“The NSG stands to benefit from the active participation of Indian technical specialists in helping the Group strengthen the international control of nuclear goods and technologies and help strengthen domestic controls on nuclear exports,’’ Canada’s acting high commissioner, Jess Dutton, told The Times of India on June 20. Canada is a major supplier of uranium for India and supports India’s membership bid.

According to a number of NSG representatives who spoke with Arms Control Today on a not-for-attribution basis, however, the June 9 and 20-24 meetings revealed widespread concern about a “politically based” approach to allow Indian membership rather than a new criteria-based policy for considering NSG members. 

“The door is open for the admission of the non-NPT members. It is never closed. It is open. But the members of the NSG should stay focused on whether the criteria should be changed and whether non-NPT members should be admitted into the NSG,” Chinese Foreign Ministry spokesperson Hua Chunying told reporters at a media briefing June 21 in Beijing.

In an effort to win support for its membership bid, senior Indian officials reportedly reached out to many NSG member states, including China. Indian Foreign Secretary Subrahmanyam Jaishankar arrived at the Seoul meeting June 21. Prime Minister Narendra Modi traveled to Tashkent, Uzbekistan, on June 23 for the meeting of the Shanghai Cooperation Organization where he lobbied Chinese President Xi Jinping to support Indian membership in the NSG.

“China doesn’t support Pakistan or India to enter NSG until they follow rules established by members. NSG consensus is in favor of the Non Proliferation Treaty,” said Wang Qun, director-general of the arms control department in the Chinese Foreign Ministry on June 24. “The meeting on Thursday was an effort to find consensus on non-NPT state applications, but differences remain,” Wang said.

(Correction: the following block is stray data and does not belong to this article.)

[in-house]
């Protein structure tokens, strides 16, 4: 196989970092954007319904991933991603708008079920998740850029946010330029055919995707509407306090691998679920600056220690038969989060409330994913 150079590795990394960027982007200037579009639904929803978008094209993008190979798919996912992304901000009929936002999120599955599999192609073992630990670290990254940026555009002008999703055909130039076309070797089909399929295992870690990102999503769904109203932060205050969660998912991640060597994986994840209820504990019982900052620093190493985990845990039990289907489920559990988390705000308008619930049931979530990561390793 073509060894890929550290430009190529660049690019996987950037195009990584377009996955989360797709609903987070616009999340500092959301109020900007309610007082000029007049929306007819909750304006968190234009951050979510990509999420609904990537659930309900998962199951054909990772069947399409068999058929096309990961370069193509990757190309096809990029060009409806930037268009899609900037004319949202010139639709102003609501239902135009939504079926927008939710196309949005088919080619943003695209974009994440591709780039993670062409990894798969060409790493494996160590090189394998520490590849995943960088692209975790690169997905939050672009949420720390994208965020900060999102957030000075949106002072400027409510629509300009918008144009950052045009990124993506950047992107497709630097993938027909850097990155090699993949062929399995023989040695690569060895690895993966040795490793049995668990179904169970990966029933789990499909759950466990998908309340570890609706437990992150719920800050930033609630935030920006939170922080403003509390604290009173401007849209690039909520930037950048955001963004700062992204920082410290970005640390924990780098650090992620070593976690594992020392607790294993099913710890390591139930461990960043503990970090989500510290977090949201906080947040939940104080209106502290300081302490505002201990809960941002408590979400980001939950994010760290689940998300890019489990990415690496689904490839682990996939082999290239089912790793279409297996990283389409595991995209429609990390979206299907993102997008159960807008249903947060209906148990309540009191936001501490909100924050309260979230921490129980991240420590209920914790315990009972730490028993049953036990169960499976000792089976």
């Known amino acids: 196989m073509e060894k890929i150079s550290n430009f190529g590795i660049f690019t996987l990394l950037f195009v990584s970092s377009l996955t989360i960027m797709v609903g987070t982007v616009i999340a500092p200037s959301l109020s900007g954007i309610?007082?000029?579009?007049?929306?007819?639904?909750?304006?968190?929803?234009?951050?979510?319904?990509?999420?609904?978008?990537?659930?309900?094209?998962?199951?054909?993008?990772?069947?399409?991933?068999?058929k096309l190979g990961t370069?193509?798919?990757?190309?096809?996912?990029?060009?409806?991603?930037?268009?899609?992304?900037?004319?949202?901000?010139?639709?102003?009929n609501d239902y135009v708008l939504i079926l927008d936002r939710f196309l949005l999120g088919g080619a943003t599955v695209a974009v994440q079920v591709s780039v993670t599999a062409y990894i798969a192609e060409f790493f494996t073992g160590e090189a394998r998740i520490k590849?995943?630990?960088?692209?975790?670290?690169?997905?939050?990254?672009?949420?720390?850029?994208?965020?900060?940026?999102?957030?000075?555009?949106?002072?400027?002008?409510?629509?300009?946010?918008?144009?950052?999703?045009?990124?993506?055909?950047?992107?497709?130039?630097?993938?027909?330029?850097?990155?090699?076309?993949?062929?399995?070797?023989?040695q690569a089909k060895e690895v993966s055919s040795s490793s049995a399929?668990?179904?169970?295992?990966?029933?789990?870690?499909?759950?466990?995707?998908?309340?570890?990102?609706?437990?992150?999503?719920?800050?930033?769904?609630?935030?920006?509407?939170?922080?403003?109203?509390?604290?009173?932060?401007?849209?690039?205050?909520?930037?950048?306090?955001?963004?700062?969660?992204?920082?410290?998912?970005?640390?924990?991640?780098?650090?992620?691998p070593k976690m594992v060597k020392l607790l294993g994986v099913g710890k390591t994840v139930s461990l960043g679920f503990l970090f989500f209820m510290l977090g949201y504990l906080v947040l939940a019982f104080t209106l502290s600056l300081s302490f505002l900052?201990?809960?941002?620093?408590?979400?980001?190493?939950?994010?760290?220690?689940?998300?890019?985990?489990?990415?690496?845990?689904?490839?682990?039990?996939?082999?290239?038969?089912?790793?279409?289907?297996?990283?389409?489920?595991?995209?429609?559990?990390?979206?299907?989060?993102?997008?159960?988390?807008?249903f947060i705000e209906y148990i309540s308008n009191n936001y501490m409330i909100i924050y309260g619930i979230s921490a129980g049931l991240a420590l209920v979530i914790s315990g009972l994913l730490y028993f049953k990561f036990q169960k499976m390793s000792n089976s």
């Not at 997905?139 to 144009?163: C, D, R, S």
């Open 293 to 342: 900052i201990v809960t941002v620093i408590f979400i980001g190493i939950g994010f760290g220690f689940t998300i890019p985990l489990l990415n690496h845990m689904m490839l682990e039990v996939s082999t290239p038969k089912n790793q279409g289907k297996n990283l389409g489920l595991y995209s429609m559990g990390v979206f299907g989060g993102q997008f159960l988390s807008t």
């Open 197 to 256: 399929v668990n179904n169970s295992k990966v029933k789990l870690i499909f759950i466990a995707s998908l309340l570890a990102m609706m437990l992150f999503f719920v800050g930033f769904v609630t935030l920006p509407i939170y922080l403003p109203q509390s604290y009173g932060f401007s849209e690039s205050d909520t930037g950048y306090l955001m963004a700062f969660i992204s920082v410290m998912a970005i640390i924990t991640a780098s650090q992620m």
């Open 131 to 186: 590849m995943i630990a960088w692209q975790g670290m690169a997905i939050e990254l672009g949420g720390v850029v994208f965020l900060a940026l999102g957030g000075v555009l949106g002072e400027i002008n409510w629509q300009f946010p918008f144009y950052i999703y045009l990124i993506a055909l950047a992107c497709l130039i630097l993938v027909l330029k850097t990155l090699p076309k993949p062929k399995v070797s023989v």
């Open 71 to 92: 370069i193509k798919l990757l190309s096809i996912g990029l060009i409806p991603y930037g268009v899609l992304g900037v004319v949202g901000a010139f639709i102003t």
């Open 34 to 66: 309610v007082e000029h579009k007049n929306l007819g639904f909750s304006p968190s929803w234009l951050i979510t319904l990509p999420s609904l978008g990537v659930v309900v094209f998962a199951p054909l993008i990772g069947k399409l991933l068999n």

A number of NSG participating governments, including some who publicly said they support Indian participation in the NSG, joined China in calling for further consultations to arrive at a consensus approach to any new membership bids, according to diplomatic sources involved in the NSG meetings.

Many participating governments were weighing the potential technical and political costs of allowing one or more non-NPT states to participate in the group, according to the NSG diplomats who spoke with Arms Control Today

One concern cited by one participating state representative regarding Indian membership was that it would require the group to reconsider the definition of a “nuclear-weapon state” in administering NSG guidelines. The guidelines specify that the “fundamental principles for safeguards and export controls should apply to nuclear transfers for peaceful purposes to any non-nuclear-weapon State.” 

In 2008 the NSG agreed that the decision to except India from its comprehensive safeguards standard should not be interpreted to mean that the NSG or its members recognized that India is a nuclear-weapon state as defined by the NPT. 

In a statement issued June 24, Indian Ministry of External Affairs spokesperson Vikas Swarup said that “one country” raised “procedural hurdles” regarding India’s membership bid. 

“An overwhelming number of those who took the floor supported India’s membership and appraised India’s application positively. We thank each and every one of them. It is also our understanding that the broad sentiment was to take this matter forward,” Swarup said.

At its meeting last month in Seoul, the Nuclear Suppliers Group did not reach consensus on India’s bid to join the 48-nation group, but agreed to continue discussions on the matter.

India Joins Ballistic Missile Initiatives

July/August 2016

By Kelsey Davenport

India joined a voluntary regime last month that promotes transparency around ballistic missile development and was admitted to an export control regime designed to stem the spread of technologies relevant to developing missiles and unmanned systems capable of delivering weapons of mass destruction (WMDs).